Aug. 29, 2012
WEST POINT, N.Y. - Army players circled around Eric Osteen as he lined up for a 42-yard field goal.
They screamed as loud as they could, trying to disrupt Osteen's mental routine as the Black Knights closed practice Monday.
Osteen was focused. In the zone. Locked in.
He took one step back and crushed the ball.
Co-defensive coordinator Chris Smeland threw a football up in the air near the path of Osteen's kick for an additional distraction. No effect. The boot split the uprights.
Coach Rich Ellerson figured freshman Dan Grochowski, who had a chance to walk on at Florida, would be Army's field-goal kicker the next four seasons.
"Eric has changed how we feel about that," Ellerson said.
Osteen, a senior, is locked in a battle with Grochowski for the job, and the last thought on his mind is the competition.
He thinks about how hard he worked and what it took to be in this position.
Like most football players, Osteen entered his first season with tired legs from Beast Barracks, the freshmen boot camp. Not good for a kicker.
Osteen struggled to find his rhythm. He spent his sophomore year as a member of Ross' Rangers, a group of football players who develop mentally and physically away from the practice field.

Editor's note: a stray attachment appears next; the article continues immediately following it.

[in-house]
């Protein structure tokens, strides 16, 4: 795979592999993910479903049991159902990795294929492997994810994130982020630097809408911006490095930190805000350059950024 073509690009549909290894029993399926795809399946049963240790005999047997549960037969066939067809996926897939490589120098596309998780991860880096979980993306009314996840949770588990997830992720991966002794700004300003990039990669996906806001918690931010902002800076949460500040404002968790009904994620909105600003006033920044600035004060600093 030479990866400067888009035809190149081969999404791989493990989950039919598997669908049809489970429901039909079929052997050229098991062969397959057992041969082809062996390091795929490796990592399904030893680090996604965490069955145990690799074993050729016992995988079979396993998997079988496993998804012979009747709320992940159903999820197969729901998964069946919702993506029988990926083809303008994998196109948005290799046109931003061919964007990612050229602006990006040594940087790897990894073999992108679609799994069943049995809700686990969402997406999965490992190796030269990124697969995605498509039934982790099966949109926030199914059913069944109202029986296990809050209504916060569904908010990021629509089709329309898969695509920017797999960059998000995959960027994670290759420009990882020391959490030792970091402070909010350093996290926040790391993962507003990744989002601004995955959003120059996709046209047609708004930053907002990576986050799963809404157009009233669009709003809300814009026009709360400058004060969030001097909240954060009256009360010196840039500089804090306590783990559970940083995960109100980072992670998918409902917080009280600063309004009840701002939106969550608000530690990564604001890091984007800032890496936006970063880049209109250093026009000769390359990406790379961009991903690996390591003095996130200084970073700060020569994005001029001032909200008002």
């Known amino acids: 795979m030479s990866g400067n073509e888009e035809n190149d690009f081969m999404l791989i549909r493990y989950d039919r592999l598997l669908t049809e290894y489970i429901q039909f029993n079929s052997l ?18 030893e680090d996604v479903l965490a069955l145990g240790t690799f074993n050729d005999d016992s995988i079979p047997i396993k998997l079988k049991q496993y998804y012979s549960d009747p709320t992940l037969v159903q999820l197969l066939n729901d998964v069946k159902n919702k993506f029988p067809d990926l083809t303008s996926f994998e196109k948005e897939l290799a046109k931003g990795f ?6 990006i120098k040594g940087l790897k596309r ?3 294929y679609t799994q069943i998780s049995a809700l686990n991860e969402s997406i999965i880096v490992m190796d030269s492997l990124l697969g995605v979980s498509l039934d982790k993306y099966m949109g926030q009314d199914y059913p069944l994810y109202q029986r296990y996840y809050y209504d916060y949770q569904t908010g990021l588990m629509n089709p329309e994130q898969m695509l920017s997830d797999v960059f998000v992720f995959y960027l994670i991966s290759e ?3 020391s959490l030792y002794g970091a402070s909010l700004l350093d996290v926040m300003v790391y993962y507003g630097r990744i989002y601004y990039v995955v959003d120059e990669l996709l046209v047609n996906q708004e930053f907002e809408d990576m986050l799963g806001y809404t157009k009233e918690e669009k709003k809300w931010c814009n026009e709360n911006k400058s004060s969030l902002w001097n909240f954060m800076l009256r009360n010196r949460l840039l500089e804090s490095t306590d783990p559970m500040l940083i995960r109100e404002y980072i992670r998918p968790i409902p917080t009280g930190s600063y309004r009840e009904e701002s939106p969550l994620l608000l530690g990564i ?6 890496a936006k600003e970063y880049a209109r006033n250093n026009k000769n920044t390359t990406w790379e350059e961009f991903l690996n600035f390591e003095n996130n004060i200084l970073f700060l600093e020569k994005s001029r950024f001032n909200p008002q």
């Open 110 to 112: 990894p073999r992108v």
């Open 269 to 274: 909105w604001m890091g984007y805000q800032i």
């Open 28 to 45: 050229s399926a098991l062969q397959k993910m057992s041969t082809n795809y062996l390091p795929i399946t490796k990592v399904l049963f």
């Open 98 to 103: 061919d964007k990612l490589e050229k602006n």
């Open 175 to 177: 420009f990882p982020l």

"That's when I got big into it," Osteen said. "I lifted a lot."
He said Army's strength and conditioning coach Brett Gerch "took it to whole new level. It gave me time to step back and take a look at everything."
Osteen was refreshed and stronger heading into training camp last season. He was named Army's kickoff specialist and became a weapon. Osteen's 10 touchbacks were more than the team's total in the three previous seasons.
"He's really an amazing story," Ellerson said. "He went from a guy that was borderline going to get cut. Last year, he really wasn't competitive in field goals."
Army struggled with its kicking game in 2011. Senior Alex Carlton missed five extra points and three of his six field-goal attempts.
Ellerson was looking to replace Carlton, but Osteen was too slow in getting off his attempts. Osteen and Ellerson worked on the kicker's timing and cut his approach from three steps to one.
A trip to kicking guru Gary Zauner this summer shored up Osteen's approach.
"My biggest problem was trusting myself," Osteen said.
Confidence isn't an issue.
Osteen was a perfect 8-for-8, including a 50-yard field goal, in a controlled scrimmage Saturday.
"I just worry about my kick," Osteen said. "You have to zone out everything else, all the distractions and just control what you can control."
Now Osteen controls his own destiny.